“The last thing I want for my business is a plan or a process. I need my people to be spontaneous and adaptable”.
This is an actual quote from a business owner who is terrified of turning his employees into automatons.
His fear is valid: at what point is too much instruction removing any capability for creative thought and problem-solving?
That point is not when there are a plan and process in place, it’s when there is no plan or process in place.
Structure leads to spontaneity
Our brains are not warehouses. Our brains are factories. We want to keep them active and lively. This is why we want to store as little as possible there.
Decision fatigue is real, and it is exacerbated by excessive recall and forced willpower. In other words: if we are constantly using our brains to remember things, decide the next steps, and motivate ourselves, we are leaving no space for creativity and innovation.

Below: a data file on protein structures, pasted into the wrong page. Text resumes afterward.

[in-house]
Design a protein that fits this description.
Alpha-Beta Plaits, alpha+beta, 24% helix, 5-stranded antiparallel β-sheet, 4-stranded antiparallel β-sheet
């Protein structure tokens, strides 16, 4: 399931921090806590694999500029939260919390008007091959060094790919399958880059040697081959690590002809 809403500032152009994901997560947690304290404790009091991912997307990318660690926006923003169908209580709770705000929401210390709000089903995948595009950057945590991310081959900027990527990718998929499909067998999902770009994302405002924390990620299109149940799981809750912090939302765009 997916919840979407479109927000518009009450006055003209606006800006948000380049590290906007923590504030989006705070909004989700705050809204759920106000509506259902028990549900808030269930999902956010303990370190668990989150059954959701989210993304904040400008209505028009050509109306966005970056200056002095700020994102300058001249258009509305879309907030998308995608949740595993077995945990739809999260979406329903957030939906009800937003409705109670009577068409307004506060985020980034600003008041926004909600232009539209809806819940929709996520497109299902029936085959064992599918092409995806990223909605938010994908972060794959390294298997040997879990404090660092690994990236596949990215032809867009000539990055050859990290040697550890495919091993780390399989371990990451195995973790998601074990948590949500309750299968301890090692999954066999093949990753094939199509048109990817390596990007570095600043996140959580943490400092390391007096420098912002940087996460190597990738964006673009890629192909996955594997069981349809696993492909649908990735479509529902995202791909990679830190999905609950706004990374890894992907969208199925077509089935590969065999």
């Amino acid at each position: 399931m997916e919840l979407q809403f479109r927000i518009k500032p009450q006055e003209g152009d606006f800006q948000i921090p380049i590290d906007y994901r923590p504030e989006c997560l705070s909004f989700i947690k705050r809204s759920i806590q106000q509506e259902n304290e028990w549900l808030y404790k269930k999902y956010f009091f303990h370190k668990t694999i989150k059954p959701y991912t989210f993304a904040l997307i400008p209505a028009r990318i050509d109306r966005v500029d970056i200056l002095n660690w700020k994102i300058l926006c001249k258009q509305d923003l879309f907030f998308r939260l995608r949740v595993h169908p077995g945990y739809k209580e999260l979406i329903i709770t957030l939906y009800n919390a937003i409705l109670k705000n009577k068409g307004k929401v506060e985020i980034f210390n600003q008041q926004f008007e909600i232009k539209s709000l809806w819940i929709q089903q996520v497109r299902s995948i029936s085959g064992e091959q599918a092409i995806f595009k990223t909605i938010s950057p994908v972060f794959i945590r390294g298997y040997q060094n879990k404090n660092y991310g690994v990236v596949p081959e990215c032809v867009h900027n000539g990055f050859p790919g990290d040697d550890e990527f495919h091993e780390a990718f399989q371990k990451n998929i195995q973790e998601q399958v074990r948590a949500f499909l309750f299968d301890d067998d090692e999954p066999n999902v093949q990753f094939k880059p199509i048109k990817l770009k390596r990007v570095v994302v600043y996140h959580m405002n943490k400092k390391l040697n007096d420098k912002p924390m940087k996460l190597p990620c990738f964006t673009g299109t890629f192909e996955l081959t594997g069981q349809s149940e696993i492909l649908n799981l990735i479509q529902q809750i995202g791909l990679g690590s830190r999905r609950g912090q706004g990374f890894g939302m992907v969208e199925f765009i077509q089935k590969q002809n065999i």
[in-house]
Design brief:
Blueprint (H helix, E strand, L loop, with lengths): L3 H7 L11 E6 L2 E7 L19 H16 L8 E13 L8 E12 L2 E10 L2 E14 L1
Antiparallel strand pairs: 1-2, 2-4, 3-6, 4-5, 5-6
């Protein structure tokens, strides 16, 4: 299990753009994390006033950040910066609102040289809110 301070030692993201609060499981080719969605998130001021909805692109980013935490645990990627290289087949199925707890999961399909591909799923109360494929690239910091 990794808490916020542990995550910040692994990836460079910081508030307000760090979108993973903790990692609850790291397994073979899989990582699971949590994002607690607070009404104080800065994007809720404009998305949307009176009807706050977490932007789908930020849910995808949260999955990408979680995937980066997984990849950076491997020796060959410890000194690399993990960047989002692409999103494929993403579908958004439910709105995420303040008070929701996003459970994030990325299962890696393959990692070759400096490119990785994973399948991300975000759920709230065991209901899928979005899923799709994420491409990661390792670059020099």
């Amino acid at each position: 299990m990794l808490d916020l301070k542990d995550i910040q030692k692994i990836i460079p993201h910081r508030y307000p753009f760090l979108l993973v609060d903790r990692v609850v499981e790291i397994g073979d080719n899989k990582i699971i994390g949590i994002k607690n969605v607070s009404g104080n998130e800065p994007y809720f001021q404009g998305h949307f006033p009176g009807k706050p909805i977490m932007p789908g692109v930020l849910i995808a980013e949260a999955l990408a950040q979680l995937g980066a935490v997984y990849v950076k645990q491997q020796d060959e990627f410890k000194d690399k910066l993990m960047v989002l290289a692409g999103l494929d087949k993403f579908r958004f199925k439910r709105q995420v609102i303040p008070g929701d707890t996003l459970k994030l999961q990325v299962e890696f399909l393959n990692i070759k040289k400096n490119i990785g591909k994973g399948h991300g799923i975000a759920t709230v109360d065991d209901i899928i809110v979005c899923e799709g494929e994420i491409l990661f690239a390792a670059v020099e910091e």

With more structure to follow, we can free up brain space for new ideas.
Let the plan and the process handle the simple things, that still burn brain energy
There are certain things we have to do every time.
Every morning we get up, drink coffee, brush our teeth, commute to work.
Every project at work will require some repetitive steps. The difference is that these steps don’t come quite as naturally as brushing our teeth. We have to remind ourselves what they are, how they should be performed, in what order they must occur, and so on.
That does not leave a lot of brainpower for when something out of the ordinary happens, or a new opportunity is hiding under a layer of tasks.
By building structure for your repetitive tasks, you are allowing more brain space for
A task – or a part of a repetitive task – that changes every time.
This is where you want brainpower to go.
To focus on what is unique to each client, or different in each project, or innovative and exciting, or disruptive and concerning.
Business planning and business processes lead to business spontaneity.